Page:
EXCLUSIVE: Fed Steps In To Save Depositors Following SVB Failure; Is The Time To Buy Shares Of Regional Banks?

Zinger Key Points
  • Tim Melvin, an expert regional bank trader, shares his thoughts on what happened with SVB, and what comes next.
  • Melvin says the regional banking industry is fine outside of SVB, and there are opportunities for investors in those stocks.

This article was originally published on Friday, however it has been updated in light of recent announcements.

The Federal Reserve on Sunday announced that it will provide additional funding to eligible depository institutions to help them meet the needs of all their depositors, a move that will backstop depositors and protect financial institutions, including SVB Financial Group SIVB, and New York-based Signature Bank SBNY.

Regulators approved the additional funding through the creation of a new Bank Term Funding Program (BTFP), offering loans of up to one year in length to banks, and other eligible depository institutions pledging U.S. Treasuries, agency debt and mortgage-backed securities, and other qualifying assets as collateral.

So, with the Fed stepping in to provide safegaurds to depositors, is it time to buy the recently beaten down shares of regional banks? Tim Melvin thinks so.  

Silicon Valley Bank's focus on the venture capital industry was its downfall, Melvin, a regional bank trader, said on "Benzinga Live" Friday

Silicon Valley Bank has been closed by the California Department of Financial Protection and Innovation and the Federal Deposit Insurance Corporation (FDIC) has been appointed as the bank's receiver.

SVB's parent company, SVB Financial Group SIVB, failed to raise enough cash to sustain operations, and the bank was closed by the California Department of Financial Protection Friday and taken over by the Federal Deposit Insurance Corp.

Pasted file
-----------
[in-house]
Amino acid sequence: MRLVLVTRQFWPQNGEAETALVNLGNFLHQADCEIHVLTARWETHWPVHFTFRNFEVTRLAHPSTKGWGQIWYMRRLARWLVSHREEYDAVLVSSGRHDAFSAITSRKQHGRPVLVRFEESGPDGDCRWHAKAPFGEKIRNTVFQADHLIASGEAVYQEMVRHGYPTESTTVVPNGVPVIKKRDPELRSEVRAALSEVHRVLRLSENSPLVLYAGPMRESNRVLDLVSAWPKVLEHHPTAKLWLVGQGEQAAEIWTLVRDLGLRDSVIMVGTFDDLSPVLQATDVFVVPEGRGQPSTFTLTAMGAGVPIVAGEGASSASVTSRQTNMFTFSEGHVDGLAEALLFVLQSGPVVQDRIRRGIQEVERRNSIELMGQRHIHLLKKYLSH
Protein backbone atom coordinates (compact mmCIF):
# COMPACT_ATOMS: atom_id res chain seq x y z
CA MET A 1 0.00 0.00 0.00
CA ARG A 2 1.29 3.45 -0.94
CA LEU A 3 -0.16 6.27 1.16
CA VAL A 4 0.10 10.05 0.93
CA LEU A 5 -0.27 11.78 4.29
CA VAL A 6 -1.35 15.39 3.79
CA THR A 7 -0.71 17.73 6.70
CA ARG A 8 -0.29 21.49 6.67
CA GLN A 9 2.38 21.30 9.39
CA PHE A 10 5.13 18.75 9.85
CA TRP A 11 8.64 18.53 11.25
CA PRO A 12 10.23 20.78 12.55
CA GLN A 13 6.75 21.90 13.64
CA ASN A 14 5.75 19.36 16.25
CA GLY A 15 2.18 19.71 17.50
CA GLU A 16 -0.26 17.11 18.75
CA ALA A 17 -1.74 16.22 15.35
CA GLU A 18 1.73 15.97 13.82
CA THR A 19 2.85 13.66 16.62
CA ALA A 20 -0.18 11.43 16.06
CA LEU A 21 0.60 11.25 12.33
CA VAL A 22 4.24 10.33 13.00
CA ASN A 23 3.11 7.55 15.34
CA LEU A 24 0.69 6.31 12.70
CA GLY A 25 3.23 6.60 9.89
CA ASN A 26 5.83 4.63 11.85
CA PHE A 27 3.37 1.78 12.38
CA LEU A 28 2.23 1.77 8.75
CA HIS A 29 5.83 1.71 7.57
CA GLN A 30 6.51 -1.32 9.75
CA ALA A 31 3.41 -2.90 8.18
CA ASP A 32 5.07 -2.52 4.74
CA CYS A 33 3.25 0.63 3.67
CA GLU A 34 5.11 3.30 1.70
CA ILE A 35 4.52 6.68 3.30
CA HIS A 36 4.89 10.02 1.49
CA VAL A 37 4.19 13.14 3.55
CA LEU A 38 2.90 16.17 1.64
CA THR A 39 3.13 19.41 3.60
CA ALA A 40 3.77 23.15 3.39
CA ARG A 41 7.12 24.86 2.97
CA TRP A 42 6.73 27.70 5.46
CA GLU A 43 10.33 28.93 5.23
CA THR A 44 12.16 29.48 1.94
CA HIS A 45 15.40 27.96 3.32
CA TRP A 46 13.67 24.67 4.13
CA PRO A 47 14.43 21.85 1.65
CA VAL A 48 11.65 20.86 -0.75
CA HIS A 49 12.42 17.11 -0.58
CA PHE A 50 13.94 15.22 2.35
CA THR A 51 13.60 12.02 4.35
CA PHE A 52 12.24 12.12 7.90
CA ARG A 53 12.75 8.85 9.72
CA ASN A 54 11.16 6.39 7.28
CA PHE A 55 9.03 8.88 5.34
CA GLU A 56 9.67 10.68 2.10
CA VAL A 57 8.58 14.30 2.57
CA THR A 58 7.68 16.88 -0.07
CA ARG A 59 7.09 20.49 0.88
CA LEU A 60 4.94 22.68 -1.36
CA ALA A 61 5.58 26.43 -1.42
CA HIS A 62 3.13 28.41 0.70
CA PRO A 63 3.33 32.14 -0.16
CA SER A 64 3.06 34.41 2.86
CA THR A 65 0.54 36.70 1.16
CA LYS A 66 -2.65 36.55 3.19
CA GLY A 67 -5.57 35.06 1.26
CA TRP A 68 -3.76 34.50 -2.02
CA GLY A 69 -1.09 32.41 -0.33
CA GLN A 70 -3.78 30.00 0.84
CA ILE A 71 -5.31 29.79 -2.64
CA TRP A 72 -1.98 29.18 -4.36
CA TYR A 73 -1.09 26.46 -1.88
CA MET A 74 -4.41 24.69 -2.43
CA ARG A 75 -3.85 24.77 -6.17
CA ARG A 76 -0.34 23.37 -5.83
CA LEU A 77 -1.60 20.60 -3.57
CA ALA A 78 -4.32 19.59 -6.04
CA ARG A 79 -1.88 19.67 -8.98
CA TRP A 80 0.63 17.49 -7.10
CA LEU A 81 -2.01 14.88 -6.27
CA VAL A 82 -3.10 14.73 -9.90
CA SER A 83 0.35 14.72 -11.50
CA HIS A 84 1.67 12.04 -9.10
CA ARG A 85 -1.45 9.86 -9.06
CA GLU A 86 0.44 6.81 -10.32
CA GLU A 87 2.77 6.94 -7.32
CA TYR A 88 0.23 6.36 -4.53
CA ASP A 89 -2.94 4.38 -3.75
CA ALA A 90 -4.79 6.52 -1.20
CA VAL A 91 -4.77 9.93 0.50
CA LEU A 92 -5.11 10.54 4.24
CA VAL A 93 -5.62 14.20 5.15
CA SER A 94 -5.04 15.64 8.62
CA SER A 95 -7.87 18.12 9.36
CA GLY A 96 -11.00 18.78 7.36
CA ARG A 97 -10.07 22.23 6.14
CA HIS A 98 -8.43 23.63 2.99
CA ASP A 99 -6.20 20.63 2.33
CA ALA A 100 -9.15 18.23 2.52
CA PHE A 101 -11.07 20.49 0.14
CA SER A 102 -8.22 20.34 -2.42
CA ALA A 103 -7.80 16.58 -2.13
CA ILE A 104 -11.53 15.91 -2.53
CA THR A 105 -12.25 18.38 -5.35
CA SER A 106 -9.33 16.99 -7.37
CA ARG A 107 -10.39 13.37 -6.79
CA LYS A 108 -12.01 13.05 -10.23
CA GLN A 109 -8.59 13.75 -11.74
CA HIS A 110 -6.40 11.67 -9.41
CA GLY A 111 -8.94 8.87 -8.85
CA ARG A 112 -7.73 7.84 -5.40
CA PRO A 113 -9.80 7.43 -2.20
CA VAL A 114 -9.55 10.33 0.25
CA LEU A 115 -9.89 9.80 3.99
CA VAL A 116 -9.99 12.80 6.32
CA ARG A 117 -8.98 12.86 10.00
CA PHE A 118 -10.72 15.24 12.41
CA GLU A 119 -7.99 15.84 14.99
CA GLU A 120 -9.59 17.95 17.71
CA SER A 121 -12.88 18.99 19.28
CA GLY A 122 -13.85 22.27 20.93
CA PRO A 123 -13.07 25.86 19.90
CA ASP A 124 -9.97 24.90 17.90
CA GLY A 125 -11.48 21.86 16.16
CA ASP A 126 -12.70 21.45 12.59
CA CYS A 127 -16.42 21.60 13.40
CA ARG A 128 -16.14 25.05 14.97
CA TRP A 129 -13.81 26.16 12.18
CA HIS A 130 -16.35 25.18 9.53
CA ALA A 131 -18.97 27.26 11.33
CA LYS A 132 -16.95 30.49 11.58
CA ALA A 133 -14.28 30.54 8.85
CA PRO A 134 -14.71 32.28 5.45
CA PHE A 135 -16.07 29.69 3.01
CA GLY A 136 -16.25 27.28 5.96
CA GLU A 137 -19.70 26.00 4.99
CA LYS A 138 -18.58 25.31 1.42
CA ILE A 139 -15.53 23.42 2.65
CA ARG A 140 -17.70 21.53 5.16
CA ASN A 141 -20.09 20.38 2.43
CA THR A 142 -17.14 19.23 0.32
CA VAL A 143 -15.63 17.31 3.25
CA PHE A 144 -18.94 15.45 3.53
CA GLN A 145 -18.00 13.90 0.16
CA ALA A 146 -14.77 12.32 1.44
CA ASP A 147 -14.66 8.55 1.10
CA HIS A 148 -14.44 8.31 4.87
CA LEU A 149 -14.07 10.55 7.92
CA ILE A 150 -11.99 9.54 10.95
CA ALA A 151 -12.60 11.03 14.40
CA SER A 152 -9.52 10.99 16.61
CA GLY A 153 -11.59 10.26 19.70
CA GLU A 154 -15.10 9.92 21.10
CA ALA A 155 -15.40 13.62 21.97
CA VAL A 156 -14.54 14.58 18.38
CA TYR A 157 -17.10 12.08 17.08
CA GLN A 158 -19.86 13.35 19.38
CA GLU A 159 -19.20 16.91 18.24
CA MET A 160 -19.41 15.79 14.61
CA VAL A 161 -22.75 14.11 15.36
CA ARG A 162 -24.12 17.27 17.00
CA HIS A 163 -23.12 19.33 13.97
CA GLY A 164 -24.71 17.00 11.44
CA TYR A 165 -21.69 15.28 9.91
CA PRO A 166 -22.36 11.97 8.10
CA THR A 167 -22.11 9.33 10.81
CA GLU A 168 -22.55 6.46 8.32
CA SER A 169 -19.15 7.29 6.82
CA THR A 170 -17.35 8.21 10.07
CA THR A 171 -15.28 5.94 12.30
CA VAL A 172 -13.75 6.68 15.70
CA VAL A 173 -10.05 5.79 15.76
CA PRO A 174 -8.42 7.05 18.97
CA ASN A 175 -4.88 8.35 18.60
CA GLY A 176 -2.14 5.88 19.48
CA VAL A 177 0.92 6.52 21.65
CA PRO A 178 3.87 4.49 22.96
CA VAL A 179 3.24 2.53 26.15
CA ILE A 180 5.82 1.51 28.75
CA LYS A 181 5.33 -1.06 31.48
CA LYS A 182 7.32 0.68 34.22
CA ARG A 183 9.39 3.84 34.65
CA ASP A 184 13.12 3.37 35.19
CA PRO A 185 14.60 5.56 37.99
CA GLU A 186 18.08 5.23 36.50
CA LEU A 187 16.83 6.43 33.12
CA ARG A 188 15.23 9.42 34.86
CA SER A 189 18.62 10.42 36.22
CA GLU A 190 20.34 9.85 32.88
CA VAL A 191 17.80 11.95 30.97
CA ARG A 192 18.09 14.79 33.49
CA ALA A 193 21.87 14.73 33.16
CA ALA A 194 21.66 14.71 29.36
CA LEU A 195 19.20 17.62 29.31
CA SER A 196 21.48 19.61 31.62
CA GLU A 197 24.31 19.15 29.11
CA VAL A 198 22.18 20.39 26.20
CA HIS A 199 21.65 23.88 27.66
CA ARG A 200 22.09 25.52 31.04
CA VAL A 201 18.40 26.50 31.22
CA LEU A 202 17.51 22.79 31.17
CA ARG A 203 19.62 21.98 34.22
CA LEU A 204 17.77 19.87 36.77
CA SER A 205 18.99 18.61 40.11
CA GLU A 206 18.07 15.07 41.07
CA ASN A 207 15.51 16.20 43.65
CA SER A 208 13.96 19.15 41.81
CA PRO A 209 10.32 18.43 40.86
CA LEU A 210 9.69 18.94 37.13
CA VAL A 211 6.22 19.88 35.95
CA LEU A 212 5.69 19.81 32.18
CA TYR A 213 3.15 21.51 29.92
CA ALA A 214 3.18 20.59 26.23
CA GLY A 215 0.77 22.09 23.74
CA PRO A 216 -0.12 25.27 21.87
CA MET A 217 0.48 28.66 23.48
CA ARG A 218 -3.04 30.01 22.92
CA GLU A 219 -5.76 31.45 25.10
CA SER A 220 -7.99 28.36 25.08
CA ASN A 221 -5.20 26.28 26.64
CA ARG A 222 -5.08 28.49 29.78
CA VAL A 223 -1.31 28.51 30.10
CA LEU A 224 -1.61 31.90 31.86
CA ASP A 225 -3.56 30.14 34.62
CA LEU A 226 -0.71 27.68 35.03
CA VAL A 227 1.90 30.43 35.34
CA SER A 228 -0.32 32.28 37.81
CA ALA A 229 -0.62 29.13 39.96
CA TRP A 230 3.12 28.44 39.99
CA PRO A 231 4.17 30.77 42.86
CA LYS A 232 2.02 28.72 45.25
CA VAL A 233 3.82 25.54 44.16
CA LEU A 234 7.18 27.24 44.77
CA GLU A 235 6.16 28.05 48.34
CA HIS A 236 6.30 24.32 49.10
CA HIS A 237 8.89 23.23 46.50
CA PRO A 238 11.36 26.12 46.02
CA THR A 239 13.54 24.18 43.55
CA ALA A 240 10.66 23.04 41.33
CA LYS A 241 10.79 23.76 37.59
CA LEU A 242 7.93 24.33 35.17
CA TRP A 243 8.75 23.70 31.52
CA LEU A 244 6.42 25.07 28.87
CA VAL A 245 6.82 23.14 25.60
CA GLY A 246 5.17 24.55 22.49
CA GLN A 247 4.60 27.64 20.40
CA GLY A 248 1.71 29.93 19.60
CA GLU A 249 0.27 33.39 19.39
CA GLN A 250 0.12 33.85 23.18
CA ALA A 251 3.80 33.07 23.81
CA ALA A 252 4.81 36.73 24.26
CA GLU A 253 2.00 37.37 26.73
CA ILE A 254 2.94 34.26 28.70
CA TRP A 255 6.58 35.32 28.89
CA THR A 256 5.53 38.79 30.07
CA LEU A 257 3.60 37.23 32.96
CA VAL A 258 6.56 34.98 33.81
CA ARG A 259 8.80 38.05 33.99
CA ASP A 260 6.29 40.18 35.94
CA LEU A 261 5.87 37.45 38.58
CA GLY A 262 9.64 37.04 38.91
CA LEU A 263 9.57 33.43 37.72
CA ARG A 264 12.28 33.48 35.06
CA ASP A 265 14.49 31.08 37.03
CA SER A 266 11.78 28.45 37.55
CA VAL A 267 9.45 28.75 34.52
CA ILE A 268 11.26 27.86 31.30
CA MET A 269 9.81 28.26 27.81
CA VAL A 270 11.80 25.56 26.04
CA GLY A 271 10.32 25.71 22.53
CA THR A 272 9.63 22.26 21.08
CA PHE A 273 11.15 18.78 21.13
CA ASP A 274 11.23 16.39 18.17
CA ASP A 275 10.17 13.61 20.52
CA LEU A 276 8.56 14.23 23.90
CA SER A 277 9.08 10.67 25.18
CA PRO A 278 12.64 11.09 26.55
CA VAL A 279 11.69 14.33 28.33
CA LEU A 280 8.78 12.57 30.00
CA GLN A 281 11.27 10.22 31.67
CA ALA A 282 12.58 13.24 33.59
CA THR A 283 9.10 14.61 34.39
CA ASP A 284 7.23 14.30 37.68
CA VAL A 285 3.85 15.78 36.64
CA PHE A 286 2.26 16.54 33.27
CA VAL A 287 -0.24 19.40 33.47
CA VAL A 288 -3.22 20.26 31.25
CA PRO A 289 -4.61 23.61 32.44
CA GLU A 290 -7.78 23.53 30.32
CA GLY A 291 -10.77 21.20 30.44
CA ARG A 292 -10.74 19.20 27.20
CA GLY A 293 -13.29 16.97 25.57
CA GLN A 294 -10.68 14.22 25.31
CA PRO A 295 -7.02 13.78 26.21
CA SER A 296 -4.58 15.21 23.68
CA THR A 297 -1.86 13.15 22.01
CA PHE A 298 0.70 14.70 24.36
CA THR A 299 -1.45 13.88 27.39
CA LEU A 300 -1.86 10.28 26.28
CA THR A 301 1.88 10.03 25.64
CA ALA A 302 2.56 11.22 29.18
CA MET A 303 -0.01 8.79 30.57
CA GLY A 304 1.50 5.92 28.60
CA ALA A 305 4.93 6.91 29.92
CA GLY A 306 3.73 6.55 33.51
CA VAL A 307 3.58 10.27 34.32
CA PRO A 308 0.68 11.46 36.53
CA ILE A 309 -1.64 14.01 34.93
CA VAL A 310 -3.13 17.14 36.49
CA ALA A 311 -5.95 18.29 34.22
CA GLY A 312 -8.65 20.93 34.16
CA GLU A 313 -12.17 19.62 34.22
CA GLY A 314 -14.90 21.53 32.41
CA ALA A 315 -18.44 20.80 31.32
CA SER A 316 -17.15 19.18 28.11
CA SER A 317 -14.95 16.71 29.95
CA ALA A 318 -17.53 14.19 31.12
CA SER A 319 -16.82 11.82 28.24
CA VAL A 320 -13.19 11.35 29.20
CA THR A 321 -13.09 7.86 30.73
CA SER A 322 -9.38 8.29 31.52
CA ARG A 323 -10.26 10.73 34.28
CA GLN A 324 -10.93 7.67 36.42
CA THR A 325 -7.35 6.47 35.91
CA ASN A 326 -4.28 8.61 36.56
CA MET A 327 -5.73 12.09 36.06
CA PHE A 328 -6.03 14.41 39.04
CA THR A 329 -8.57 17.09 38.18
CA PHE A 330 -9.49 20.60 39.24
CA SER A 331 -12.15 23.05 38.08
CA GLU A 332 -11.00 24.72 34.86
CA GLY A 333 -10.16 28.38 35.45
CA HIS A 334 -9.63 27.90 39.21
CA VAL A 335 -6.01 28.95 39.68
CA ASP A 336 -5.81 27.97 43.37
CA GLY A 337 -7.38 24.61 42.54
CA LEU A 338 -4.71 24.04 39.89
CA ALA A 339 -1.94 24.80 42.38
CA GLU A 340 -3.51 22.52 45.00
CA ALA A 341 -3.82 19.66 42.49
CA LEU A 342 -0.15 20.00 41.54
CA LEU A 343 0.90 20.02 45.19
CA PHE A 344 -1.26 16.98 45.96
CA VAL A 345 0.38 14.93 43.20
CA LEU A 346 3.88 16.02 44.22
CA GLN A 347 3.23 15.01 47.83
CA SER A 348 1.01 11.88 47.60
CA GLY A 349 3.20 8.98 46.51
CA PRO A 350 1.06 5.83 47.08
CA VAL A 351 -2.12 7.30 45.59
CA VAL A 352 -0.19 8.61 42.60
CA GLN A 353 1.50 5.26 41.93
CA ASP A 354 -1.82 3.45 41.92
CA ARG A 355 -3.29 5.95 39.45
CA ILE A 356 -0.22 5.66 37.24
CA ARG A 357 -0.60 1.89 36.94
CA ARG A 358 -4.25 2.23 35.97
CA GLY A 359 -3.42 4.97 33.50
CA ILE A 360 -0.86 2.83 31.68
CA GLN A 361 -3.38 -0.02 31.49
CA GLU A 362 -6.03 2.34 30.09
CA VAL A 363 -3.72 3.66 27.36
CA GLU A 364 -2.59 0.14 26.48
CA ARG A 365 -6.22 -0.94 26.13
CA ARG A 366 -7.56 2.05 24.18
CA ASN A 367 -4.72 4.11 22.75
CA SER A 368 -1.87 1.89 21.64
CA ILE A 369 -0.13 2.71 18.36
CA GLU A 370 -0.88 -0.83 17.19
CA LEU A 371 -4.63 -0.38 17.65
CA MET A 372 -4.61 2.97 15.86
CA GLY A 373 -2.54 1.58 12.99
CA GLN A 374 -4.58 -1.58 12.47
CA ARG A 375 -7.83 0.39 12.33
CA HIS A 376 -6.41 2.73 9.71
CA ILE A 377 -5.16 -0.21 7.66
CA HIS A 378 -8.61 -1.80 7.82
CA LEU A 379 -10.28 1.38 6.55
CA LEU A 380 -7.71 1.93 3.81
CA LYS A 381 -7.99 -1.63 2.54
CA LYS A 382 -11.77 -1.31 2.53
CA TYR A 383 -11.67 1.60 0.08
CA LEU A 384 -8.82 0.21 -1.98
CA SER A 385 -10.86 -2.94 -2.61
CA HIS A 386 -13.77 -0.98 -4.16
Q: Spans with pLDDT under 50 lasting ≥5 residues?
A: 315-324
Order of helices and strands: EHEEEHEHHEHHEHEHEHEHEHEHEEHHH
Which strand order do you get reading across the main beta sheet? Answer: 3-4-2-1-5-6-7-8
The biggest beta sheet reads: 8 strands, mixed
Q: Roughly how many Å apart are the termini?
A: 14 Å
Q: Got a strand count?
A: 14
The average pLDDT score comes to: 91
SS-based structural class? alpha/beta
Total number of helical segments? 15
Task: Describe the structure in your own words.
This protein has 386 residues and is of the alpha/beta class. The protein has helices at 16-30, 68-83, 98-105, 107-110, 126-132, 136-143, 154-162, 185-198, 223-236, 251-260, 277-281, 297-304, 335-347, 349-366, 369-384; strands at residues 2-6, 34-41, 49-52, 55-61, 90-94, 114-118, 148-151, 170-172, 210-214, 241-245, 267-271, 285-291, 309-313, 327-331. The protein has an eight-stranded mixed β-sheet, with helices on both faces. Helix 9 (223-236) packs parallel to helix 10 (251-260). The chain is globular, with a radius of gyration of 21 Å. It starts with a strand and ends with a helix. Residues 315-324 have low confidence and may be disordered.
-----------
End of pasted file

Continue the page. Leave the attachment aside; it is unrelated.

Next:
The companies most affected by SVB's collapse are venture capital-funded companies, especially in the tech startup space, Melvin said. 

Read More: Check Out Tim Melvin On Marketfy

Melvin On What Happens Now: Early stage venture capital funding has dried up for the affected companies, and if they had money in SVB, they’re eligible to receive $250,000 under FDIC rules. Those funds could come as early as Monday, he said. 

The FDIC will manage the bank's assets, securities and loans to recover as much as possible for depositors, who Melvin said will come first, while shareholders, bondholders and preferential investors are still up in the air.

The regional bank expert said expects that depositors will get all or most of their money back, although it will take some time.

In his view, SVB should have halted deposits for a few days to calm the run on the bank instead of letting it turn into total failure, adding that the bank put too much money into its securities portfolio.

Other regional banks like Western Alliance Bancorporation WAL and PacWest Bancorp PACW, whose shares have dropped significantly, may not suffer the same fate as SVB, as they do not rely heavily on venture capital relationships, Melvin said. 

Melvin said that unlike SVB, which serviced early stage venture funds, Western and PacWest mostly cater to late-stage funds, so while there could be a temptation to bail out a fund if necessary, it would not represent the bulk of deposits at either of the banks.  

Melvin said he considers the SVB issue an interesting situation that we will be studying for a long time due to how quickly it occurred — and the fact that it probably did not have to happen.

The market was the root of the problem, in Melvin's view, as it marked everything on a quarterly basis, which led to freezing withdrawals and a flood of deposit requests the bank could not handle.

Fear can lead to fear, he told Benzinga. The deposit demand from venture capital and crypto should not be replicated across other industries around the country, but a bank run cannot be completely ruled out, Melvin said. 

Melvin's 5 Bank Trade Ideas: Melvin named five regional banks that are currently trading under book value that could present themselves as opportunities for investors in the near future:

HomeStreet Inc HMST

TFS Financial Corporation TFSL


New York Community Bancorp, Inc. NYCB

Horizon Bancorp Inc HBNC

Watch the full interview here: 

Read next: Sunrun Down Over 10% On Silicon Valley Bank Exposure: What Other Companies Are Exposed?

Photo via Shutterstock. 

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